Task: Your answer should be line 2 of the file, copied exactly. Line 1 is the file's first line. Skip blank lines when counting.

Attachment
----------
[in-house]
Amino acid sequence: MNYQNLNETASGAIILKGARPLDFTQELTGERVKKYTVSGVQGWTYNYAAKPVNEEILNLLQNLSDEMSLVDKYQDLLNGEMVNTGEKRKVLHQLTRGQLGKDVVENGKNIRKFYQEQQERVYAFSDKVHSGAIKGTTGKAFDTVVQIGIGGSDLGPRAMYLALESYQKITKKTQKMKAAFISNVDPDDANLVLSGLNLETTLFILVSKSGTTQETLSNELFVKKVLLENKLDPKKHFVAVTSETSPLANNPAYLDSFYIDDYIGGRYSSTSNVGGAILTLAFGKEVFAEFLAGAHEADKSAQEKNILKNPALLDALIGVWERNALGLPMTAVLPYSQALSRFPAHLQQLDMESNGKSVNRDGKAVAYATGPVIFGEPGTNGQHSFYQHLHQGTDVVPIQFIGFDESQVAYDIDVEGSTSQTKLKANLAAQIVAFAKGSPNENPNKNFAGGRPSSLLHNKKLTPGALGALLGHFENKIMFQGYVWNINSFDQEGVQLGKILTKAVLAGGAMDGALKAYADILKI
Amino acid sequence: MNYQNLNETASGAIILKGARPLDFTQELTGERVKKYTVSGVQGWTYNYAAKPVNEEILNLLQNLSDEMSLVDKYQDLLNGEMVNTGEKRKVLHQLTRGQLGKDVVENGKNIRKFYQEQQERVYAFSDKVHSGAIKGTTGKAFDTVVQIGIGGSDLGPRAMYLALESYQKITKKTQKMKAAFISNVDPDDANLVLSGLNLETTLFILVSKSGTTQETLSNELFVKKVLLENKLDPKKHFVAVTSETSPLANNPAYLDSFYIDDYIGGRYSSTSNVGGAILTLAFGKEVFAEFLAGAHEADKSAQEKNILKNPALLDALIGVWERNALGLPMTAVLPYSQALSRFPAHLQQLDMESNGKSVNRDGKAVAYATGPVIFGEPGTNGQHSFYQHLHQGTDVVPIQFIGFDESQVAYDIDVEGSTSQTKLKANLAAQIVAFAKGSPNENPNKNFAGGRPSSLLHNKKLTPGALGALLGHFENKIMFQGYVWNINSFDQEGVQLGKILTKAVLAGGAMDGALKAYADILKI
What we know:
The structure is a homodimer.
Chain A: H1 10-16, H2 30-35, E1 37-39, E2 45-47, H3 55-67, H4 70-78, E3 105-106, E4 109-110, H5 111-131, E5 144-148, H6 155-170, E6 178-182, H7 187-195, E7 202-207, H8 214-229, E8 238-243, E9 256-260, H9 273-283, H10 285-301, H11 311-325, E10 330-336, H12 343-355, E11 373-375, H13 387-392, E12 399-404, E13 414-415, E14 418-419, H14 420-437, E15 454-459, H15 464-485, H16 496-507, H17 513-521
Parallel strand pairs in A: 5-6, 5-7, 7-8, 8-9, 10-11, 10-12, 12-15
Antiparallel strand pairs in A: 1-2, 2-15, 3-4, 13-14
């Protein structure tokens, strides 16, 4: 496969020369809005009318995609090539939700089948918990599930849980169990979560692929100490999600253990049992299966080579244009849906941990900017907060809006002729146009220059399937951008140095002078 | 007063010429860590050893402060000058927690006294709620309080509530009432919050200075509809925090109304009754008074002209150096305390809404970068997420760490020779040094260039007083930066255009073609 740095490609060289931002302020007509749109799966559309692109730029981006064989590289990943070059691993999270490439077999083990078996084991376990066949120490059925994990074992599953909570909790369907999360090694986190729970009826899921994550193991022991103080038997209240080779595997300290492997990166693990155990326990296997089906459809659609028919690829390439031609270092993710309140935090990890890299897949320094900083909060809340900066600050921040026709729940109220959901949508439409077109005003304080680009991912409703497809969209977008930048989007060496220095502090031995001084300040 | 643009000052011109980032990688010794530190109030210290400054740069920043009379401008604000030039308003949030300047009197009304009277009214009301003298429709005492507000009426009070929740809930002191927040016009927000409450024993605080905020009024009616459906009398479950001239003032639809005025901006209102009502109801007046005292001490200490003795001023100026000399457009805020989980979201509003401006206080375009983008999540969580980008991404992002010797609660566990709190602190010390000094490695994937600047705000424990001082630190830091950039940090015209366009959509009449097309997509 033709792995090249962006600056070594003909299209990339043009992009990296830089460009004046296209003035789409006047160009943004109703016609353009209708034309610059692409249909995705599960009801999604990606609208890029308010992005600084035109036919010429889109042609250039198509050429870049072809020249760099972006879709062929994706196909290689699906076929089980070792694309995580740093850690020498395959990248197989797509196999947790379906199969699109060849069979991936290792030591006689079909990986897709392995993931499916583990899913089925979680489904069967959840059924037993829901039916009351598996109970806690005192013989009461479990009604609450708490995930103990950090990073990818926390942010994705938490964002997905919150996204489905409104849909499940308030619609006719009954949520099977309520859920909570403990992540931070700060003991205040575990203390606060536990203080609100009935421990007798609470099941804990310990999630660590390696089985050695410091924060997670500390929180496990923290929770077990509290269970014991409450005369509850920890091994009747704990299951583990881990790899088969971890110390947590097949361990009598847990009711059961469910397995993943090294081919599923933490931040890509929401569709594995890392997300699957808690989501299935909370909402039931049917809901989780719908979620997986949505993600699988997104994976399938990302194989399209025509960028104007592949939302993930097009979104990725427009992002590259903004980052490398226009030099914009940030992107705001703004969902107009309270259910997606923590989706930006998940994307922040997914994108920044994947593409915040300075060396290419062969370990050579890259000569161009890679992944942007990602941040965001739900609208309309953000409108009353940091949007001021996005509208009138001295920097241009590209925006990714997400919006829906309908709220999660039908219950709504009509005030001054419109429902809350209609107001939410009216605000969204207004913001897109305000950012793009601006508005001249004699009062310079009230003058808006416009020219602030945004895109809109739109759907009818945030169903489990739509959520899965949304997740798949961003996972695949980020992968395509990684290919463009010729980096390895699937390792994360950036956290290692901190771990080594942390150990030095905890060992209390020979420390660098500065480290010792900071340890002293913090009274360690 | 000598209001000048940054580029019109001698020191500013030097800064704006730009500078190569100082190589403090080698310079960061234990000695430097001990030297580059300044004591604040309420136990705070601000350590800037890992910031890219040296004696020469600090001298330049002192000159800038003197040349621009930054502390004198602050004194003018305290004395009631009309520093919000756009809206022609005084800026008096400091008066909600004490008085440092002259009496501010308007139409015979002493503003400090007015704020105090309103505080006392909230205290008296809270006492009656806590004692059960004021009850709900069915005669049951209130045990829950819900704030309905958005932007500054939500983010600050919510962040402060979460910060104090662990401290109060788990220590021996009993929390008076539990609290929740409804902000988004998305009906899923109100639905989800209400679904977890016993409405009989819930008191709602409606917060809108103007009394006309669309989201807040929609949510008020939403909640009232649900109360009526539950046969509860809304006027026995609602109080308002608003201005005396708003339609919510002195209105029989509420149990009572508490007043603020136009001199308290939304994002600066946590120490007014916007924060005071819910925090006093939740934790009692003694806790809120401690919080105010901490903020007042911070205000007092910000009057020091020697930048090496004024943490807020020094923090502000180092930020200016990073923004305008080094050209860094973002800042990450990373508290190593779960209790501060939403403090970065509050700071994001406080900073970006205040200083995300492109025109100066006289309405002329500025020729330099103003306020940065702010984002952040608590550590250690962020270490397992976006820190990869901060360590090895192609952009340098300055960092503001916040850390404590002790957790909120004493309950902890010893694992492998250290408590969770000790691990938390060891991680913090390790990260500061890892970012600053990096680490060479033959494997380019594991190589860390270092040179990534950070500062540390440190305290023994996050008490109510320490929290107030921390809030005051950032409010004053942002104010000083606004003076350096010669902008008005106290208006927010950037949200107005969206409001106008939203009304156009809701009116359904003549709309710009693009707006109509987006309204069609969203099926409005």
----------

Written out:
Amino acid sequence: MNYQNLNETASGAIILKGARPLDFTQELTGERVKKYTVSGVQGWTYNYAAKPVNEEILNLLQNLSDEMSLVDKYQDLLNGEMVNTGEKRKVLHQLTRGQLGKDVVENGKNIRKFYQEQQERVYAFSDKVHSGAIKGTTGKAFDTVVQIGIGGSDLGPRAMYLALESYQKITKKTQKMKAAFISNVDPDDANLVLSGLNLETTLFILVSKSGTTQETLSNELFVKKVLLENKLDPKKHFVAVTSETSPLANNPAYLDSFYIDDYIGGRYSSTSNVGGAILTLAFGKEVFAEFLAGAHEADKSAQEKNILKNPALLDALIGVWERNALGLPMTAVLPYSQALSRFPAHLQQLDMESNGKSVNRDGKAVAYATGPVIFGEPGTNGQHSFYQHLHQGTDVVPIQFIGFDESQVAYDIDVEGSTSQTKLKANLAAQIVAFAKGSPNENPNKNFAGGRPSSLLHNKKLTPGALGALLGHFENKIMFQGYVWNINSFDQEGVQLGKILTKAVLAGGAMDGALKAYADILKI